National Teen Driver Safety Week
Car crashes are the leading cause of death for teenagers.
This year, National Teen Driver Safety Week started on October 16th. Since car accidents are the leading cause of death for teens in the U.S., the National Highway Traffic Safety Administration (NHTSA) is raising awareness about the dangers and risks facing teen drivers across the country. During National Teen Driver Safety Week, parents and caregivers are encouraged to talk to their teen drivers about a variety of dangers associated with driving. This includes the five critical risk factors for teens behind the wheel.
Although motor vehicle crashes are the number-one killer of teens in America, research shows that only about 25% of parents report having a serious talk with their children about the key components of safe driving. If you’re not sure where to start, the NHTSA has materials, checklists, and helpful suggestions for starting a dialogue about safe driving with your teen.
U.S. Teen Driver Facts
- 16-year-olds have higher crash rates than drivers of any other age.
- 56% of teens said they talk on the phone while driving.
- Statistics show that 16 and 17-year-old driver death rates increase with each additional passenger.
- Only 44% of teens said they would definitely speak up if someone were driving in a way that scared them.
- Teen drivers with involved parents are twice as likely to wear seatbelts.
- More than 40% of teen auto deaths occur between the hours of 9 p.m. and 6 a.m.
- Teen drivers are three times more likely to engage in risky behaviors behind the wheel with multiple teen passengers.
Five Critical Safety Risks Facing Teen Drivers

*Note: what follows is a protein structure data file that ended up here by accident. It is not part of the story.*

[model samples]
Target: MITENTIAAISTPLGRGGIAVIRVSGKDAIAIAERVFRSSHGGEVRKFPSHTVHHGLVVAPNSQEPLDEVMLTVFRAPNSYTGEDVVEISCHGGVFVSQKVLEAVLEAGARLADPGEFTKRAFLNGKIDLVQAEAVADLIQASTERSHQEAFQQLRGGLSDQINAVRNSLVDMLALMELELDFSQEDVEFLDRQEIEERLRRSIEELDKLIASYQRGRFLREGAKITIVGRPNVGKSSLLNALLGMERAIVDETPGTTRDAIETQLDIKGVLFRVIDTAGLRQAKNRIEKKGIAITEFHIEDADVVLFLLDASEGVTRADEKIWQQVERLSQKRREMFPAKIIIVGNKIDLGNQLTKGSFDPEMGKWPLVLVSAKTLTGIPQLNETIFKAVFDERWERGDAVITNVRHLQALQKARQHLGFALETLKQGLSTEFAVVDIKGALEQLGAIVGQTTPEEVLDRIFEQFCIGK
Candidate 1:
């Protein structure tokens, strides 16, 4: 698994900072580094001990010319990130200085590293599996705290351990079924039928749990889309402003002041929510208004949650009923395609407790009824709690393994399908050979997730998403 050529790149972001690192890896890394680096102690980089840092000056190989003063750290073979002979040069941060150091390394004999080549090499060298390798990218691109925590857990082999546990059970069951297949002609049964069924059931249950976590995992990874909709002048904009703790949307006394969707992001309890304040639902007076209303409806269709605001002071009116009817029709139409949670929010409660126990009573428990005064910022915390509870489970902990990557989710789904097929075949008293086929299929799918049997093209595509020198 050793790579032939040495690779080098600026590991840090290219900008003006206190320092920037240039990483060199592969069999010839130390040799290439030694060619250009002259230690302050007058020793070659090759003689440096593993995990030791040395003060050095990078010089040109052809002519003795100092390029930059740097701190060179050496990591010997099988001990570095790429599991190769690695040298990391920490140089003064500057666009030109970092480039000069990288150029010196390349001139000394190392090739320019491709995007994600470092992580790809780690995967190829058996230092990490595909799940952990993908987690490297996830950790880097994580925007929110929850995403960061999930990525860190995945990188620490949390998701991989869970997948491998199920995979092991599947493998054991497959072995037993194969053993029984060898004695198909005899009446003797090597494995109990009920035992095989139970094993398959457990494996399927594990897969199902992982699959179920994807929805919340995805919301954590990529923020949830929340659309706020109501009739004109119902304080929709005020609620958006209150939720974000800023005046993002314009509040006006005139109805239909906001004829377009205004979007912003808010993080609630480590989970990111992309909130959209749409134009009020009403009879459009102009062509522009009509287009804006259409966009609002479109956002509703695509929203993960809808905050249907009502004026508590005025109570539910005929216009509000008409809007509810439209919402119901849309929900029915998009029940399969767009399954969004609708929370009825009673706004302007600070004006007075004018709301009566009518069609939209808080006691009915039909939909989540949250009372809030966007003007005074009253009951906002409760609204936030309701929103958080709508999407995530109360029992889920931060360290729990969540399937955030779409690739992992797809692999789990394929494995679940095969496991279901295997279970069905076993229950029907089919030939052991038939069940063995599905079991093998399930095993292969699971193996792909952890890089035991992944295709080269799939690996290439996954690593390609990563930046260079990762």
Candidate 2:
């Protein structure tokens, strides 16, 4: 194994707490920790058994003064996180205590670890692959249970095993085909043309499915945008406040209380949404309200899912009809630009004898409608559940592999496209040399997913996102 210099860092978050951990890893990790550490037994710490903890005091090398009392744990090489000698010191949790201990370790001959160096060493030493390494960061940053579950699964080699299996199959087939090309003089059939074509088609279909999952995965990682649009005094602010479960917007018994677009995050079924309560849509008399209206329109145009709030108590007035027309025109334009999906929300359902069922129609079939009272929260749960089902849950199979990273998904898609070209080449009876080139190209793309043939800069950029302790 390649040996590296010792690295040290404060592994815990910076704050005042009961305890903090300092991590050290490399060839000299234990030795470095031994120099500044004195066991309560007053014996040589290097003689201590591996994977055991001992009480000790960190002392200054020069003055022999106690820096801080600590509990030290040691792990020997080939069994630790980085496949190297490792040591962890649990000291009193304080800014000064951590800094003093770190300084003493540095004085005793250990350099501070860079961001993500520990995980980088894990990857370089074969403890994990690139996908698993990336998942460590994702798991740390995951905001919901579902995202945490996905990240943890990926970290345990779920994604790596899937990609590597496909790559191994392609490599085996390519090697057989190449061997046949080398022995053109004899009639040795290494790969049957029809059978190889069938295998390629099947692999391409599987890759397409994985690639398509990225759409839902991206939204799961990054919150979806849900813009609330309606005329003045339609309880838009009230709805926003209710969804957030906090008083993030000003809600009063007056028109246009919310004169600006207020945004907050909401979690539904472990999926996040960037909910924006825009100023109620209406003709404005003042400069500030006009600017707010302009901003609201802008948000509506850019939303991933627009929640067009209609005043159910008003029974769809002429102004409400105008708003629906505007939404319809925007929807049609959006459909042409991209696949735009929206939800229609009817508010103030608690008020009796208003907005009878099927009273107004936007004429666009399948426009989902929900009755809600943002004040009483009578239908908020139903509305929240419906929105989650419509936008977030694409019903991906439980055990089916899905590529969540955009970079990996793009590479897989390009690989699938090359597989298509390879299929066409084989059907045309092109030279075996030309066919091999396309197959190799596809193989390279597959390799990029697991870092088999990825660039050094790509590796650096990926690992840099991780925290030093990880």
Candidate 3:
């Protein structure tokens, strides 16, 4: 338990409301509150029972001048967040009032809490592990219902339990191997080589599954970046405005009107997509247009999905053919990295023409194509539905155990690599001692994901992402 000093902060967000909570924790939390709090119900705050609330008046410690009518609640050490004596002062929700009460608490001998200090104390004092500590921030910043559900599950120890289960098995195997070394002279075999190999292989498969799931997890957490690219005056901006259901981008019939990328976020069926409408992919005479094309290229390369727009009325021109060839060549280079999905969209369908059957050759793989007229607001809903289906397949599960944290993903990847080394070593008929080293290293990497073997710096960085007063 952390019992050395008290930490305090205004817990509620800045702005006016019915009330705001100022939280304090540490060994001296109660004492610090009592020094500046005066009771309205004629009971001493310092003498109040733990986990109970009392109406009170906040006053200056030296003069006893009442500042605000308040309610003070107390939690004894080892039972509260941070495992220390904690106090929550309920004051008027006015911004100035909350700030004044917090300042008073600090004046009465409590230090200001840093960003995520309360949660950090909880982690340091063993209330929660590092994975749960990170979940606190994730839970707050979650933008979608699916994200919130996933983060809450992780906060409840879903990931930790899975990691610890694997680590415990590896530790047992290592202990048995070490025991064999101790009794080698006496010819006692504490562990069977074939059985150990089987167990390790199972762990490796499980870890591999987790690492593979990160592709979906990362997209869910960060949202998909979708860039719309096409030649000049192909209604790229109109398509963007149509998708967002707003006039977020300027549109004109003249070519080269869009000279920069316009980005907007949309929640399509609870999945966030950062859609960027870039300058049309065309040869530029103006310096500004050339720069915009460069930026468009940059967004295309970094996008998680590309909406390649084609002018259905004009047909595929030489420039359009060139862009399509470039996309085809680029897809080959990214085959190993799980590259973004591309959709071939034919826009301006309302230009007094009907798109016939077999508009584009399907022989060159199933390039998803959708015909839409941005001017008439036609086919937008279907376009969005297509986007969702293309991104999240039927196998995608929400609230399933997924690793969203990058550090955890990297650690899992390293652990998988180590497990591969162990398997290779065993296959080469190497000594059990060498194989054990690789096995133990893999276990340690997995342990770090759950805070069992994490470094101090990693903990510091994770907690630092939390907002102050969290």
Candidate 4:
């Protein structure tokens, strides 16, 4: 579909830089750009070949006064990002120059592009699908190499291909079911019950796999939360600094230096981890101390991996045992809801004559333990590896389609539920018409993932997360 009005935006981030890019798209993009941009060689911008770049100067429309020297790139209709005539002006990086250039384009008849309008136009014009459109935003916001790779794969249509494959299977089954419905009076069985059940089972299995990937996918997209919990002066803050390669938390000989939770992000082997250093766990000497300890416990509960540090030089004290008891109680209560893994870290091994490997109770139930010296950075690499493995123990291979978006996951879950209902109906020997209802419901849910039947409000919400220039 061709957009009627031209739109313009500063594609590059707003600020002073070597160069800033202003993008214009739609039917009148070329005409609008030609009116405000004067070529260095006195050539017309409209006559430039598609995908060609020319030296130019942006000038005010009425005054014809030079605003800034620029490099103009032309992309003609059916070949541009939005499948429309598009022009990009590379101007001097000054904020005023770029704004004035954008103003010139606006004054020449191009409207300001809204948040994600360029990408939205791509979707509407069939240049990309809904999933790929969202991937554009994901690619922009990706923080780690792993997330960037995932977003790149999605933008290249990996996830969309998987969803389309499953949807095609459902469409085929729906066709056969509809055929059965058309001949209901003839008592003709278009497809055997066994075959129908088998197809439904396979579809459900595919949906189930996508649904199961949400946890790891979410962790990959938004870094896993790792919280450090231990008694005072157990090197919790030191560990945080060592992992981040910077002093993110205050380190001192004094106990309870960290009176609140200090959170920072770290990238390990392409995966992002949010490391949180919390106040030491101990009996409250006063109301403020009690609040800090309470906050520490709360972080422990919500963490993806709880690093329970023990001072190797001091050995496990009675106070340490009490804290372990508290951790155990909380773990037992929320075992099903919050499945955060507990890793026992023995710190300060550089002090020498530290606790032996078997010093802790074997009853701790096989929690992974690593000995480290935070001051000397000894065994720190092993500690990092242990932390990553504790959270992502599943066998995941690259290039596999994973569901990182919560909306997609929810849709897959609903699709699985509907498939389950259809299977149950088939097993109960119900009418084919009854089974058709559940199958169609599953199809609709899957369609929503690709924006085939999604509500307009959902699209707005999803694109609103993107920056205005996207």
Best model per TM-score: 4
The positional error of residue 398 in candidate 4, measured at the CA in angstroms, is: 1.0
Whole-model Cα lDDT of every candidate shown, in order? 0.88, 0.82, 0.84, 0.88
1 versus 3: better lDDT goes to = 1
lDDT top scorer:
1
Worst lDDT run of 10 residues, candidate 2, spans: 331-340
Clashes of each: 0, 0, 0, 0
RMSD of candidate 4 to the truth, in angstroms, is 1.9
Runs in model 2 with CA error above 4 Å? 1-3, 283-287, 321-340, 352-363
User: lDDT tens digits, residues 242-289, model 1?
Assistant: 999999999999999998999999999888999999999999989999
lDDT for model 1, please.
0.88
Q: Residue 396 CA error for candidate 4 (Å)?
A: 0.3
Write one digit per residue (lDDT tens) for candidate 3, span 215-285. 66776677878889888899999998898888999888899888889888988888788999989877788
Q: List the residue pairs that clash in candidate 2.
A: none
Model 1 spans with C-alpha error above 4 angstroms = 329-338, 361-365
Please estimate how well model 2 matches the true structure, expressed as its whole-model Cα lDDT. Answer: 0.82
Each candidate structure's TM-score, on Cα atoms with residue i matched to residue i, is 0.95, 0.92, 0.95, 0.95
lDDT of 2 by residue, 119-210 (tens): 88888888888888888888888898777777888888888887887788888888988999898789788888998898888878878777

When it comes to teen drivers, data shows that there are five critical safety risks closely associated. Alcohol, cell phone use, driving without a seatbelt, speeding, and peer passengers are risk factors that can dramatically increase the likelihood of your teen being involving in an injury-causing or potentially fatal wreck. Additionally, issues like alcohol and distracted driving are dangerous and often talked about. However, how often do we talk about seatbelt usage and teen passengers as critical risk factors?
The NHTSA and Safercar.gov have put together five important rules that address these critical risk factors facing teen drivers. The “5 to Drive” rules for teen driver safety are a good place to start when speaking with your child about safe driving behaviors.
Listed below are the NHTSA’s “5 to Drive” rules for teen drivers.
5 to Drive Rules for Teens
- No drinking and driving
- Buckle up, for every trip, every time
- No distracted driving
- Don’t exceed the speed limit
- No more than one passenger at any time
Buckling up can help save your life.
Teens and Distracted Driving
While distracted driving has become an epidemic in Texas and across the nation, teen drivers are at particularly high risk for engaging in texting and other cell phone-related distracted behaviors behind the wheel. Parents and caregivers are encouraged to set an example for their new drivers by never engaging in distracted driving. Having a zero-tolerance policy for cell phone use behind the wheel is a great place to start for the whole family.
Parents Should Talk to Their Kids About the Dangers of Distracted Driving
There is absolutely no safe way for teens or drivers of any other age groups to engage in texting or other distracting behaviors behind the wheel. Put your cell phone in the backseat or turn the ringer off. This is a perfect tip to end distracted driving.
Opening a dialogue about the dangers of distracted driving is essential, and parents are encouraged to participate in the same anti-distracted driving policies that they’re asking teen drivers to abide by.
Start the Conversation
The most important part of National Teen Driver Safety Week is starting a dialogue with young drivers. The NHTSA is heartily encouraging parents and caregivers to engage with and start conversations about the broader and more specific risk factors and dangers impacting teen drivers today. Talking to young drivers does make a difference.
Safety advocates continuously remind parents that driver education starts at home. Teens need dialogue at home, even if they are in a driver education class. Some research suggests that traditional driver education classes fail to show a decrease in crash rates among teen drivers who participate in programs. These classes may not be enough to improve your teen’s safety behind the wheel.
Teen Drivers in Conroe
We encourage parents in Conroe to be proactive in their teen driver’s education and safety behind the wheel. The NHTSA and Safercar.gov have the resources to help you get started.